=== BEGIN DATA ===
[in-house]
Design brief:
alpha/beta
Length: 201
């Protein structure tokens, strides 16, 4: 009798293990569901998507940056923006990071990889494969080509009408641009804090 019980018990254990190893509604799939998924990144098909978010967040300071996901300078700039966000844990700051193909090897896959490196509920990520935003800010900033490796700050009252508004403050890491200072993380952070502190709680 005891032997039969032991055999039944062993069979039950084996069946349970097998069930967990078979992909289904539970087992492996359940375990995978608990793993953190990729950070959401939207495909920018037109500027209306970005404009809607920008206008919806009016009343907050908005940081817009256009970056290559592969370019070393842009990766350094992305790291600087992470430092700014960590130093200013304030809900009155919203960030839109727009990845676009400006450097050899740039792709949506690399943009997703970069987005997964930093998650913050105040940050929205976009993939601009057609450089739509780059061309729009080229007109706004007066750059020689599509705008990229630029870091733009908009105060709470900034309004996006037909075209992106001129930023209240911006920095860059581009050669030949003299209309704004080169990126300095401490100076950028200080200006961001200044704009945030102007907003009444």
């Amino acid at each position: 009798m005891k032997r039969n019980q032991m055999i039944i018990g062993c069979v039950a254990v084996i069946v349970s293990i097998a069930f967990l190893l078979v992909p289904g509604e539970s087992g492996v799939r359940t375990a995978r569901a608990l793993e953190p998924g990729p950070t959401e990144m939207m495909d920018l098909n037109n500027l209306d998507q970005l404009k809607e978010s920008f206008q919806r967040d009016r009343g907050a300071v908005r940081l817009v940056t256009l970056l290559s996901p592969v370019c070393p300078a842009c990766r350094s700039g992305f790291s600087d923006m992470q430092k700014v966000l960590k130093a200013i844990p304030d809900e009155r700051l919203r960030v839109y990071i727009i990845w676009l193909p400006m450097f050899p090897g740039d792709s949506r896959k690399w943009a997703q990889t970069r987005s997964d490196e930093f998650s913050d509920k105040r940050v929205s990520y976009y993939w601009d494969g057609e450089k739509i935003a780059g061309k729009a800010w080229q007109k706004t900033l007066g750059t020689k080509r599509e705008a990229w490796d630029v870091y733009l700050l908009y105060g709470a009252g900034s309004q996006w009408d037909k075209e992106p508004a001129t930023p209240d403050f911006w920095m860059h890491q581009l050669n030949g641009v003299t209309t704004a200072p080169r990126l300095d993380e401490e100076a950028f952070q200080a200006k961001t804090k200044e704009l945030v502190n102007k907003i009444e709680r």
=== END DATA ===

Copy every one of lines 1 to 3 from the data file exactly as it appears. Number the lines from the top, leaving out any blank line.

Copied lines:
[in-house]
Design brief:
alpha/beta